This Sunday will be my first Father’s Day. And believe me (wife and world) when I say that this year, and every year after, I don’t want anything.
This isn’t a flippant decision, and I’m as much of a hedonistic materialist as any other red-blooded American. Books and ties and whisky are as important to me as they are to anyone else. I love sweaters and tickets to basketball games and urbane picture frames.
(One thing I would never, ever want is cash, like one father in Kit Yarrow’s piece.)
I realize that I’m a new father and don’t really have a lot of legitimacy among those who’ve been parenting for decades. (Although all of the hard work is front-loaded.) Maybe a nice chunk of new-fangled technology makes the veteran dad’s day a bit easier. Do I really want to eschew the thrill of opening something wrapped?
In a word—yes.
Why? Well, a little over four months ago I was in a hospital room at two o’clock in the morning. My responsibilities at that time included making sure the lights stayed dimmed and repeatedly counting to 10.
My wife was also in the room on that day. Her responsibilities were a little different. She spent the better part of five hours actively pushing our son out into the world.
Subsequently, she’s been his sole source of food, enticed him (every night) to sleep, and administered medicine when he was sick. She hasn’t had a full night of rest since he was born (and it’s not like pregnant women sleep that well anyway) and has watched over him for his entire life.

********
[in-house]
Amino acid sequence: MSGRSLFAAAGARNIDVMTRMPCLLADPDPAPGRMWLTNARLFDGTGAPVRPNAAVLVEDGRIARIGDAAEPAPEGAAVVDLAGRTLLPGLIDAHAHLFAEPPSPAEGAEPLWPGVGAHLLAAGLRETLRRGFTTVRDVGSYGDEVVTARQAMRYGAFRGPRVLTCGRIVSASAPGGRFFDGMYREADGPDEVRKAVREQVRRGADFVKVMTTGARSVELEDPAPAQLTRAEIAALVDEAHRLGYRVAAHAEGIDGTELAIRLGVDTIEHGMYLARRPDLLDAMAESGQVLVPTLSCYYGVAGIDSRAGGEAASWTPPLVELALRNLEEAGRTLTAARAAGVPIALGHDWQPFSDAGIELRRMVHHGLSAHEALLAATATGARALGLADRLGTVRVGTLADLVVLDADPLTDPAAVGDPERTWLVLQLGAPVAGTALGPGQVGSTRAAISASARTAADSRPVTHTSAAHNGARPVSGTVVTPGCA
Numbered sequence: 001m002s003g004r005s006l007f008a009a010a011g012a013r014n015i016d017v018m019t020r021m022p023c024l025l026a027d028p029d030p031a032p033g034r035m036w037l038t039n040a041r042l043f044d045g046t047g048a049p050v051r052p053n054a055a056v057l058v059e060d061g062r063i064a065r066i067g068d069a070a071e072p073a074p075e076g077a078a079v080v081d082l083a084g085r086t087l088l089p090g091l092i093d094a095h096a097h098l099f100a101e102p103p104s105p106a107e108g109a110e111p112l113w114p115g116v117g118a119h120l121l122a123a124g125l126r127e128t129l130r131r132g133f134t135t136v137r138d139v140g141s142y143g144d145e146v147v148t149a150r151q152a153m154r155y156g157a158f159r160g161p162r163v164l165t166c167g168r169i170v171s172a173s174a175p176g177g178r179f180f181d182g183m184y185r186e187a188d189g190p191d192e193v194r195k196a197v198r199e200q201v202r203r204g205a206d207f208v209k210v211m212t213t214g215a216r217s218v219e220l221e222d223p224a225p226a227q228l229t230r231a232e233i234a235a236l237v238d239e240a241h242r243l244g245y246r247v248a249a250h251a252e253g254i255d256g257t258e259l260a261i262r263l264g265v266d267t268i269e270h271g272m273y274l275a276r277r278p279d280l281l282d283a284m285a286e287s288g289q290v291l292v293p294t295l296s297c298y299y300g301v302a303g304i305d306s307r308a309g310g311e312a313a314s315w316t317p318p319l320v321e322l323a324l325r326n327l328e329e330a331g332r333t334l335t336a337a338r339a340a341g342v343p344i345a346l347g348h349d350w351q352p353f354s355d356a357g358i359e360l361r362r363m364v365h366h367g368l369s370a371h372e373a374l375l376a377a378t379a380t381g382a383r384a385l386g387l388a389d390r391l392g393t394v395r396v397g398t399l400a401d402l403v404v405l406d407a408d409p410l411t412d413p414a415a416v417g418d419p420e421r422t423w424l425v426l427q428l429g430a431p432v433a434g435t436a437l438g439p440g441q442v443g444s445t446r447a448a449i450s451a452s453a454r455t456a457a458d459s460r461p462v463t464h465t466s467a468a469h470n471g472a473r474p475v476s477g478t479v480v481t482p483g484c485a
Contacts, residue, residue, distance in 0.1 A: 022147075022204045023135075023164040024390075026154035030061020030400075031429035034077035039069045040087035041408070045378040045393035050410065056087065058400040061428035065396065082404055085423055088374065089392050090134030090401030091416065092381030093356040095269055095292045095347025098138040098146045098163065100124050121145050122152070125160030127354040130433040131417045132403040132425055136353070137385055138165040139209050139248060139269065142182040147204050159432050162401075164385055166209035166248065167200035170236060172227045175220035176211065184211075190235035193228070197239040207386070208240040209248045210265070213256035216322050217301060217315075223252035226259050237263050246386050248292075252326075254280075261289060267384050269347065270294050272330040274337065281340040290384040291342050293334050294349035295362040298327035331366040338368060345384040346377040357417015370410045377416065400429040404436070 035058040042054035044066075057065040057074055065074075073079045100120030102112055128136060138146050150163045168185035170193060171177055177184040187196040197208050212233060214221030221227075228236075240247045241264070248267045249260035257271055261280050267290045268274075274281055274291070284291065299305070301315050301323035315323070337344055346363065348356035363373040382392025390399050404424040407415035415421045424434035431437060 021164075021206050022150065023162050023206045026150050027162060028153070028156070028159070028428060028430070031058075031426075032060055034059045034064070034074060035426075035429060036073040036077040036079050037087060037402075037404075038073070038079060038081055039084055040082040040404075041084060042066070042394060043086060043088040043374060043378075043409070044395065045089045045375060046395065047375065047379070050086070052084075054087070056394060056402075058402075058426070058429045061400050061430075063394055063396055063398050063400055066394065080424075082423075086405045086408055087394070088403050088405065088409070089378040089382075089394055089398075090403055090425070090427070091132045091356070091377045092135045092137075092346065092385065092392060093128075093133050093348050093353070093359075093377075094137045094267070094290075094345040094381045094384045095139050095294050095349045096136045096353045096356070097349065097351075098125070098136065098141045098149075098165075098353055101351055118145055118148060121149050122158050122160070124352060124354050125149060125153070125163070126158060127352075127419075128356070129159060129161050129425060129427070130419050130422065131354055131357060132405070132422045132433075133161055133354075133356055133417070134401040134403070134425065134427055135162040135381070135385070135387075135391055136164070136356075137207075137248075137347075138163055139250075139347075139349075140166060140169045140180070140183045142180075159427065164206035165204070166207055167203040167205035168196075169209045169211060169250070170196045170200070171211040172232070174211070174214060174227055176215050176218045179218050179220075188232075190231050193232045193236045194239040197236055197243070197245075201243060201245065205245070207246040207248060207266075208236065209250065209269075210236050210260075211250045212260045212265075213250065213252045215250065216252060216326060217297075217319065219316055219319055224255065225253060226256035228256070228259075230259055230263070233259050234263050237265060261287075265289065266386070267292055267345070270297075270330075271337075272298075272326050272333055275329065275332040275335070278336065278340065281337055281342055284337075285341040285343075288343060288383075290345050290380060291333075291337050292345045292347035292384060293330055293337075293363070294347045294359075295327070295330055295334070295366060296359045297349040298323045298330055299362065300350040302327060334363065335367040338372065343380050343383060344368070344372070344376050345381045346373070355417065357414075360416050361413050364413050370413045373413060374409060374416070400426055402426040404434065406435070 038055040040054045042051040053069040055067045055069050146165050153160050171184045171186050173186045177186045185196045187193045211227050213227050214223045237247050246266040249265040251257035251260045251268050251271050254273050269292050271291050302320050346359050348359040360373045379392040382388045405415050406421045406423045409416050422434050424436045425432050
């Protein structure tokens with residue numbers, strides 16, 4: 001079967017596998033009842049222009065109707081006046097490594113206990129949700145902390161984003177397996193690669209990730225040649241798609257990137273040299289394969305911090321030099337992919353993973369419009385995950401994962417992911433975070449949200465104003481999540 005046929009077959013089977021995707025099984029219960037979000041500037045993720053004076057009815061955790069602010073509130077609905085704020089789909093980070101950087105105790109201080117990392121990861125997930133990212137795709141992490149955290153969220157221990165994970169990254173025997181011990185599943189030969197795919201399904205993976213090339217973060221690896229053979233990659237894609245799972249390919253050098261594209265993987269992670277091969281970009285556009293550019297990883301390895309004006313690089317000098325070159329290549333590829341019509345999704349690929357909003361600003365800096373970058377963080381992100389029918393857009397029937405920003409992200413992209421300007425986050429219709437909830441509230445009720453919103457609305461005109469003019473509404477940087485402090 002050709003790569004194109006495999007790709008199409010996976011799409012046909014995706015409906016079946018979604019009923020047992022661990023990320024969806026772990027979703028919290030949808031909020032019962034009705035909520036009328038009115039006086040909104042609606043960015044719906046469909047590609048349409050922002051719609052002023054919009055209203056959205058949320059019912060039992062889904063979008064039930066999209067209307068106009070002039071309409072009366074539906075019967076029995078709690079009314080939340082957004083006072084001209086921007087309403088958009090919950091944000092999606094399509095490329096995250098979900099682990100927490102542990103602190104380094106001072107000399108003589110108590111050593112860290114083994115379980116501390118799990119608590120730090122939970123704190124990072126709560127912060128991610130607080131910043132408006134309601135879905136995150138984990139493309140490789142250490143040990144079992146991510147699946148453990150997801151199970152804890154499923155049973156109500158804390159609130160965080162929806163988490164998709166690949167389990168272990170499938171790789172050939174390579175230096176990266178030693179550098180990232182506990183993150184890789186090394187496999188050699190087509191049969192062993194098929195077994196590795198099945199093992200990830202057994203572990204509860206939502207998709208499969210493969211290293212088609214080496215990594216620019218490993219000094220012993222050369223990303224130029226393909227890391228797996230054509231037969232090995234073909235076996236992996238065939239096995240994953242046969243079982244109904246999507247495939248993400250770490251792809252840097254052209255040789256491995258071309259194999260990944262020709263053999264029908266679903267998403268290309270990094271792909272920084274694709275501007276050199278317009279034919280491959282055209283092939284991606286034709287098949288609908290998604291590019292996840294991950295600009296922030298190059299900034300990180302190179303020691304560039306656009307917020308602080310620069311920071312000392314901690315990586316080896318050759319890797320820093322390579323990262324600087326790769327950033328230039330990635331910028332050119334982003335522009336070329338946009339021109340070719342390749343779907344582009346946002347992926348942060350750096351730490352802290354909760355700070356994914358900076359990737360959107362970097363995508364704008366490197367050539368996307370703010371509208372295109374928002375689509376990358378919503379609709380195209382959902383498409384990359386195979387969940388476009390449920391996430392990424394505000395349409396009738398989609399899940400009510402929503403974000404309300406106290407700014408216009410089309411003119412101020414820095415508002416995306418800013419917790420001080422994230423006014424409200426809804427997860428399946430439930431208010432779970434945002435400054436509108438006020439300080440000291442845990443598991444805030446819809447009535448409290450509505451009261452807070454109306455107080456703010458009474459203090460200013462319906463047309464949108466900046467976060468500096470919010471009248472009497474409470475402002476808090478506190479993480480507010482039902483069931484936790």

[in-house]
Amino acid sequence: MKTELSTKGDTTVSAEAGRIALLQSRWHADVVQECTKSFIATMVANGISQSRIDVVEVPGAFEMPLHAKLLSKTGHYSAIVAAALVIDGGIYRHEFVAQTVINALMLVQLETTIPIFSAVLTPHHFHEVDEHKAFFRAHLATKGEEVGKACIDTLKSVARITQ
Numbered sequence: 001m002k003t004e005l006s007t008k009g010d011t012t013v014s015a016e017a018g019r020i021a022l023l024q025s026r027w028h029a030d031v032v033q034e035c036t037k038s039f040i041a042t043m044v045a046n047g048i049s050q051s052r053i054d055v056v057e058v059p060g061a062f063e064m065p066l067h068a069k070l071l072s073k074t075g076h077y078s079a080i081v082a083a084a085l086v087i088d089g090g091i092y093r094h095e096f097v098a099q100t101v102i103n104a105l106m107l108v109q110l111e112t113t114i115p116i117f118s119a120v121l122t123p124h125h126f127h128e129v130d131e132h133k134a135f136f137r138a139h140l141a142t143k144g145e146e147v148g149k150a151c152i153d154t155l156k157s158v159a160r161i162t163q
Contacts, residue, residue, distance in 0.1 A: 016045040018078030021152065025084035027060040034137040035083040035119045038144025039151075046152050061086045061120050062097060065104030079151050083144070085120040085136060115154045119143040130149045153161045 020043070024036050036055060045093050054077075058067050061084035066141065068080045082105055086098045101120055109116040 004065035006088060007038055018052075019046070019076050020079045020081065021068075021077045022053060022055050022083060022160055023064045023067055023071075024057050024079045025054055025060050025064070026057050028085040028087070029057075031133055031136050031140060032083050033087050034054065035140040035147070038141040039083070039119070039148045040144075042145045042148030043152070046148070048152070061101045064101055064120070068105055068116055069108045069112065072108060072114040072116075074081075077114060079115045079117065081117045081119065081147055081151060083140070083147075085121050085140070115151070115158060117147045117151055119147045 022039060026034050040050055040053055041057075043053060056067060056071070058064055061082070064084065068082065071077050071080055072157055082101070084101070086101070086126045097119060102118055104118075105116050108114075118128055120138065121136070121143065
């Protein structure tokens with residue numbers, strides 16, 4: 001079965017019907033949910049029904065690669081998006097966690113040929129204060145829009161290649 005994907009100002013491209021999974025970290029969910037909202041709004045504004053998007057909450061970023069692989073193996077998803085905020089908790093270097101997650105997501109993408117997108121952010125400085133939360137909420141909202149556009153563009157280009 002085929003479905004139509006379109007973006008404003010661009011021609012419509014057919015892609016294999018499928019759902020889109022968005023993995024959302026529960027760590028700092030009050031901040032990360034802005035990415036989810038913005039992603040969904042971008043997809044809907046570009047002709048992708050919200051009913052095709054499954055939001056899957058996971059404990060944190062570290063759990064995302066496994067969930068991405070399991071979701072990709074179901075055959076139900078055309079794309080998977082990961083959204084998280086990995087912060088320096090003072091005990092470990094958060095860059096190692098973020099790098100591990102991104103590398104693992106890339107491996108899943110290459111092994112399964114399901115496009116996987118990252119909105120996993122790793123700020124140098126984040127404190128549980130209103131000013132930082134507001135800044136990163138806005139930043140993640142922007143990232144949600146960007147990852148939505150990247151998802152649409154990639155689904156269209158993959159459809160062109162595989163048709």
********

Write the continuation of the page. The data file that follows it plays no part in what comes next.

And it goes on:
Of course I’ve helped. I’ve fed him occasionally and risen pre-dawn every so often. I’ve held him as he wailed in the doctor’s office after getting his shots. I change diapers.
But I’m a supporting character (the Tonto to her Lone Ranger) in the story of how he’s made it this far.
Which brings me back to Father’s Day.
Receiving a present from my wife (or my son when he’s older) will just feel rather silly. Almost like Randy Brown (Who? Exactly!) earning a championship ring for being on the same team as Michael Jordan.
The existence of Father’s Day is not written on the heart of man by the hand of god. It became a national holiday about 50 years after Mother’s Day, and President Obama’s birthday predates it. So, it’s not like I’m breaking Tevye-like tradition here.
This Sunday I will think about my kid and my new family, and relish my luck and good fortune. That is my present.